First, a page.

Judge raps irresponsible online comments on rape case involving drunk woman

Wan Ting Koh
(Photo: Thinkstock)

The judge presiding over a case where a man abducted and raped an intoxicated woman in his home has criticised irresponsible online comments on the case, saying that they could potentially deter victims from coming forward to report their cases.

During the sentencing and mitigation hearing of 40-year-old Ong Soon Heng, who was convicted of rape and abduction in July this year, Judicial Commissioner (JC) Aedit Abdullah said in the High Court on Wednesday (13 September) that the online comments were disrespectful to the victim and the court process. The JC did not specify the comments he was referring to, nor where they were made.

Said JC Aedit, “Such comments were probably made as the makers were emboldened by the anonymity enabled by the internet.” These comments “serve no greater purpose than to allow them to mouth off and feed off their prejudices,” he added.

“Beyond distress to the victim, such comments discourage victims of sexual offences from coming forward, and cause difficulties in the administration of justice.”

Whether action should be taken against those who made the comments would be left to the relevant authorities to decide, JC Aedit said. The same applies to comments made against accused persons while a trial is ongoing, as they are innocent until proven guilty, he added.

“I strongly urge those who comment to think twice as there is a real impact on people in the process, and comments of such nature are very unhelpful,” he said.

JC Aedit had found Ong guilty in July after ruling that the 22-year-old woman, whom Ong brought to his home in Hume Heights from Zouk, was in no condition to give consent given her intoxicated state.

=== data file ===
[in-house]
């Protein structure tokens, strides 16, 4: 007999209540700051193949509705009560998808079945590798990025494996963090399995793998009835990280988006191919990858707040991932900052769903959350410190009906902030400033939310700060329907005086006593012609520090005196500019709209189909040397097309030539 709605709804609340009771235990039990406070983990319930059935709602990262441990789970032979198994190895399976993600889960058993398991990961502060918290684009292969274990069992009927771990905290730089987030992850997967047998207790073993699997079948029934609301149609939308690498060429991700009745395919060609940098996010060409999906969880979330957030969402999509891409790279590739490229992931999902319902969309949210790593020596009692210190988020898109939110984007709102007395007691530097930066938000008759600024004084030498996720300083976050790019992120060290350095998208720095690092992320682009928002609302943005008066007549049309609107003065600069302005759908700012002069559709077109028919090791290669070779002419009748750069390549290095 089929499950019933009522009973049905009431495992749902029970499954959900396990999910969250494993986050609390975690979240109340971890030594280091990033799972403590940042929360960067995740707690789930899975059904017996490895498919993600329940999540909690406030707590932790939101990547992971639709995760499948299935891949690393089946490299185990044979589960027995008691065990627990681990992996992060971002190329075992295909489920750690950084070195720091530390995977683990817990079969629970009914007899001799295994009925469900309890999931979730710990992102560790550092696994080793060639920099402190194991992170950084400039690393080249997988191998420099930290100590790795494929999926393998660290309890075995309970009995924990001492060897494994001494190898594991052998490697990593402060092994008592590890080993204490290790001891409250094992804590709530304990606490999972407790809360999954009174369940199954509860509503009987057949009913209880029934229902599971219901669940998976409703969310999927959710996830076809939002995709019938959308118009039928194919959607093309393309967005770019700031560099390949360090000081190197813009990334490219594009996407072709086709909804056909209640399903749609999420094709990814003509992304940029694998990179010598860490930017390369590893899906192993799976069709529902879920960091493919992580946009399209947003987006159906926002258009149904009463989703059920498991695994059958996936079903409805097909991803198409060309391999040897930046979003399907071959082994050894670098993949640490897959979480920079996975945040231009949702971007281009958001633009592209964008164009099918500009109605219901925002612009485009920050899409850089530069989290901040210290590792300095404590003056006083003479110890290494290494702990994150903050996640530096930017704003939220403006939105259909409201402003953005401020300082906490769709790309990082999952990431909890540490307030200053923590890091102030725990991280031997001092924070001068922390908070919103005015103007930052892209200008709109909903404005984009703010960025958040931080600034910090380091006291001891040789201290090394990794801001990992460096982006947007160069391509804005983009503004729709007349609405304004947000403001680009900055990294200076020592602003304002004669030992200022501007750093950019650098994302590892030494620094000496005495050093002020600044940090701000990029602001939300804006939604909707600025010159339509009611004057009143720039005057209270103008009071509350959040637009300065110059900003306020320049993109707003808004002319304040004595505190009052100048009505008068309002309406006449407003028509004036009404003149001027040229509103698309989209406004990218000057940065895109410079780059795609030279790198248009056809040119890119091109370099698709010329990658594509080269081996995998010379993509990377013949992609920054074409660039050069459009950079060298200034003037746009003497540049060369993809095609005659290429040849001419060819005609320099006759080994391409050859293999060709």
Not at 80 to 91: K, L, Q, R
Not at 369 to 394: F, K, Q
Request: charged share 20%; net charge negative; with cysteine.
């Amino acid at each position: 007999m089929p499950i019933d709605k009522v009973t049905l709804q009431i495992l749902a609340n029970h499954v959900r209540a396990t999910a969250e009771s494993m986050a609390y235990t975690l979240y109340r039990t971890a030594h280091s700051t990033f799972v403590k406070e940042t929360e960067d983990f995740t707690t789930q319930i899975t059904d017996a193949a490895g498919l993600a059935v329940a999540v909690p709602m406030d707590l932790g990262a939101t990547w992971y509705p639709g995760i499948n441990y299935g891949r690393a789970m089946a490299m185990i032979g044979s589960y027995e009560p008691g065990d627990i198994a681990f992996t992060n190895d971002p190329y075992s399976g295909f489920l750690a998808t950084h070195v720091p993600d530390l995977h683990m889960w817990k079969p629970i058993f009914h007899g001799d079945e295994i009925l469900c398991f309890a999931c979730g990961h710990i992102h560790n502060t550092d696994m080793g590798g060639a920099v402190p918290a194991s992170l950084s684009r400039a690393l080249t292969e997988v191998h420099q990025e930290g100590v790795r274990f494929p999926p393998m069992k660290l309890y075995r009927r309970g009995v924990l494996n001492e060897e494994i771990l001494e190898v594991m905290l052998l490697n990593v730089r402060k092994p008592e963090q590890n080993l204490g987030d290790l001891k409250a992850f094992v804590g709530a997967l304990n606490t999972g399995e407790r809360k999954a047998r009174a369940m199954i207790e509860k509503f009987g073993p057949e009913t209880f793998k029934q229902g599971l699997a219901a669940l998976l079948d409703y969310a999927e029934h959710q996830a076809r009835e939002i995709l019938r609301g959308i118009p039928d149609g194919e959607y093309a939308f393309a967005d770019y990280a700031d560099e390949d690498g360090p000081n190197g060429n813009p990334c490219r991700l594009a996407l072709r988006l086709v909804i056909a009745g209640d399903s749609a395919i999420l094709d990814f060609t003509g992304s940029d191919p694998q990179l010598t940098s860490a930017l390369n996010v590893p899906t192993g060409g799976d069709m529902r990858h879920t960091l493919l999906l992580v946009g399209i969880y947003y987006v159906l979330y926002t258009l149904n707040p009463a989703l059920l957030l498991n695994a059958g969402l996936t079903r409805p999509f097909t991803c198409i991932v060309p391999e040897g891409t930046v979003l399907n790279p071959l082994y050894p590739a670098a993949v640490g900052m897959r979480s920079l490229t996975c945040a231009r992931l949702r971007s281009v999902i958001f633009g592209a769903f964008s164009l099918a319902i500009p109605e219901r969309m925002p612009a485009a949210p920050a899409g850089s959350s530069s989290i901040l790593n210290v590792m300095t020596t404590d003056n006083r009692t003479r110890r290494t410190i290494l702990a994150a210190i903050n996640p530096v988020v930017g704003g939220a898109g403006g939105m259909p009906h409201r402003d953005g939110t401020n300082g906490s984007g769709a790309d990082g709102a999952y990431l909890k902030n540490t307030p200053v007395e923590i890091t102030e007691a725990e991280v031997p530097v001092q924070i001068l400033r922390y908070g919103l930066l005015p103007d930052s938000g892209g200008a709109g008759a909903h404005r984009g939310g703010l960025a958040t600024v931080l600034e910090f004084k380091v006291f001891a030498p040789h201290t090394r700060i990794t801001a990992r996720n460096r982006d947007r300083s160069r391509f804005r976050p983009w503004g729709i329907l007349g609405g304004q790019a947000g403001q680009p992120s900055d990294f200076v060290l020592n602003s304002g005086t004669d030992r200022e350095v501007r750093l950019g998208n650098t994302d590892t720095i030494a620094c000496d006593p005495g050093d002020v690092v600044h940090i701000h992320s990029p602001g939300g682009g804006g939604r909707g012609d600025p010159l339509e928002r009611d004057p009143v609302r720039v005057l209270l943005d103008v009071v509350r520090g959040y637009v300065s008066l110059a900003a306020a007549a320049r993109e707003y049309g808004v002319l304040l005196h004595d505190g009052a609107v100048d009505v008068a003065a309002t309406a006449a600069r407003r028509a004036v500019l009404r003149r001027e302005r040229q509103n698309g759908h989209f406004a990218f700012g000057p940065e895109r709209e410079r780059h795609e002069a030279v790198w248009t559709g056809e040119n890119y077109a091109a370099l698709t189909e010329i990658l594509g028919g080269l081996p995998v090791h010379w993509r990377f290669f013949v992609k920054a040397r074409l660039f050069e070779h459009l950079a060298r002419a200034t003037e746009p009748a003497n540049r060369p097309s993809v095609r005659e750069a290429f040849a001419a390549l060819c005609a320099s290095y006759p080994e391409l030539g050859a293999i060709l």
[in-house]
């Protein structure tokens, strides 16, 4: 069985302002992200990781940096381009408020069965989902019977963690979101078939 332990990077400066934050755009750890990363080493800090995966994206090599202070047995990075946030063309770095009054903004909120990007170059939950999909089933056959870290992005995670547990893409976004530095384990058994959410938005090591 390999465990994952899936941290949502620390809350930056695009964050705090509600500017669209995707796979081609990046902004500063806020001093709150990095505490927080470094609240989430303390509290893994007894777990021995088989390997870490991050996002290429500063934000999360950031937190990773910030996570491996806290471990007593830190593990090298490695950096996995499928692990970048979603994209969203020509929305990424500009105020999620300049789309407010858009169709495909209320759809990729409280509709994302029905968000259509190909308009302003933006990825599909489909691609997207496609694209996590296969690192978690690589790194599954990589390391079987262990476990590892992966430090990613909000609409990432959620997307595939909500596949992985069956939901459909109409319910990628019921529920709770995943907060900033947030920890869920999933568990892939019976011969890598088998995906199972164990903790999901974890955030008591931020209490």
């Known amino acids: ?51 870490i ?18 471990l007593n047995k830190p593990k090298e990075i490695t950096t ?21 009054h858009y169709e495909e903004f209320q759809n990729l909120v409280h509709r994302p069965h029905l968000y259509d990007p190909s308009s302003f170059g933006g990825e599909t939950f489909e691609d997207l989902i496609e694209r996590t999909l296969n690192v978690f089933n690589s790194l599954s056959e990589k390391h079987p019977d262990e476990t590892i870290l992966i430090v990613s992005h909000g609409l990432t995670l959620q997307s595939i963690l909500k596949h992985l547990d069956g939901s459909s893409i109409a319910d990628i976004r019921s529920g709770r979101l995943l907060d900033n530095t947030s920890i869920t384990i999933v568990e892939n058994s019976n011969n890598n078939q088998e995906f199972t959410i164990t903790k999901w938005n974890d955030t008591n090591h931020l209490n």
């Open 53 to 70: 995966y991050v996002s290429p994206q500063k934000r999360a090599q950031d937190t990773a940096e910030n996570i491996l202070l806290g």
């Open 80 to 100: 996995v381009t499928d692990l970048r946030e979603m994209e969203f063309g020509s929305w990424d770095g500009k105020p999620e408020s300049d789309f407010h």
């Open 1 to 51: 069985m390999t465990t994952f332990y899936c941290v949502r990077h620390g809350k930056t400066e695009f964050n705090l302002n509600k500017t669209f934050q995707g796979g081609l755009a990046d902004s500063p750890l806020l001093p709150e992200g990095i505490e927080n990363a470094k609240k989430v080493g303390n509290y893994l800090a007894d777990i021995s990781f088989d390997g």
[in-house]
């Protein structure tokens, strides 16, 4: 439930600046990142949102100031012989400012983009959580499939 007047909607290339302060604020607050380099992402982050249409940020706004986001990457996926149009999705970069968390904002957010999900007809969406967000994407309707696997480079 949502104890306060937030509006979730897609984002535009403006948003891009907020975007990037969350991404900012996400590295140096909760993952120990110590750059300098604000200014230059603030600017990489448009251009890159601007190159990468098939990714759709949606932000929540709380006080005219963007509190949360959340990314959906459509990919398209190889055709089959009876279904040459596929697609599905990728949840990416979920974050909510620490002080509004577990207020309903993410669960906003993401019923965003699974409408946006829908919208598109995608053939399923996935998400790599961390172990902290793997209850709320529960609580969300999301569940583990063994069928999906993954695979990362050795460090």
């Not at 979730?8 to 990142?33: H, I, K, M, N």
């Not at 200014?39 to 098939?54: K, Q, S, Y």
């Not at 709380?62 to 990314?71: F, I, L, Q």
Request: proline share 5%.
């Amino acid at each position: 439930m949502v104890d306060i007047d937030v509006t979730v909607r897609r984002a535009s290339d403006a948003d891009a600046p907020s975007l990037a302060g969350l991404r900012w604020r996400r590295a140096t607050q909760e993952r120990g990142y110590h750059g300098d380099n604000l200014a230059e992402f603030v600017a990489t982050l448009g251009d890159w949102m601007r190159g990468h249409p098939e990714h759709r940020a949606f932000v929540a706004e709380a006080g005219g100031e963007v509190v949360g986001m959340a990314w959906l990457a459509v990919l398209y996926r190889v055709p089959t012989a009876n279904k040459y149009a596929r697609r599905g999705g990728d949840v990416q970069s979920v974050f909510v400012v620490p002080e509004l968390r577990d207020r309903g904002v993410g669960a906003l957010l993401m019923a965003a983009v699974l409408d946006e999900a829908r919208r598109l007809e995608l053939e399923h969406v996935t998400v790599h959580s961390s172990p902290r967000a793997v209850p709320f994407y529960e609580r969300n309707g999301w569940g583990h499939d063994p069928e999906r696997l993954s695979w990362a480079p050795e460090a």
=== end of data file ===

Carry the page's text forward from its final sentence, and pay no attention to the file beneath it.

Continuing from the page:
The incident occurred after the two had partied into the wee hours of 24 July 2014 at Zouk with a group of colleagues. After the woman, whose name cannot be revealed due to a gag order, became intoxicated, Ong offered to take her home but instead drove her to his landed house where he raped her.

Closed-circuit television footage from the club showed Ong carrying the woman into his car at about 4am. Evidence given by an Institute of Mental Health psychiatrist showed that the woman was unconscious between 4am and 6.30am, based on her blood alcohol level. Tests conducted on the woman at 12.45pm that day showed that she had 62mg of alcohol per 100ml of blood.

The woman was traced to Ong’s house by her boyfriend, who used a phone application to track the location of her mobile phone. The boyfriend found her lying in a stupor next to Ong in the accused’s house. She was wearing boxer shorts and a T-shirt that were not hers.

The prosecution, represented by Deputy Public Prosecutor (DPP) Sellakumaran, sought a jail sentence of at least 14 years and 12 strokes of the cane, citing several aggravating factors including the woman’s inebriated state.

“The accused intentionally exploited the victim’s highly intoxicated state to abduct and rape her. Her level of inebriation was such that she was completely unconscious at the material time. The victim’s capacity not to consent was not merely compromised but completely absent,” said the DPP.

He added that Ong had exploited the trust that the woman had placed in her colleague, who had become her good friend and advisor in the three months of her internship at a food and beverage company.

Another aggravating factor was how Ong had a “considerable amount of time” after abducting the woman from Zouk to “realise the errors of his ways” and convey her home. The journey was some 35 to 45 minutes by Ong’s own admission, said the DPP.

Instead, Ong had brought the woman to his house, which was a secluded private estate. The DPP noted that Ong could have brought her to his other home in Kallang Bahru, which was closer to the woman’s home. The Kallang Bahru home was in an HDB estate and his actions might have been noticed by others, the DPP added.

Ong’s lawyer Sunil Sudheesan asked for 10 years’ jail and six strokes of the cane for his client, describing the prosecution’s proposed sentence as “manifestly excessive”.

He disagreed that Ong bringing the woman to his house was a calculated move as Ong had been living at Hume Heights at the time of the offence. Ong had also wanted to avoid road blocks and Hume Heights was the safer option, said the lawyer.

The case has been adjourned to Friday for a pre-trial conference. For the rape charge, Ong could be jailed up to 20 years and caned. For abduction, he could be jailed up to seven years and fined.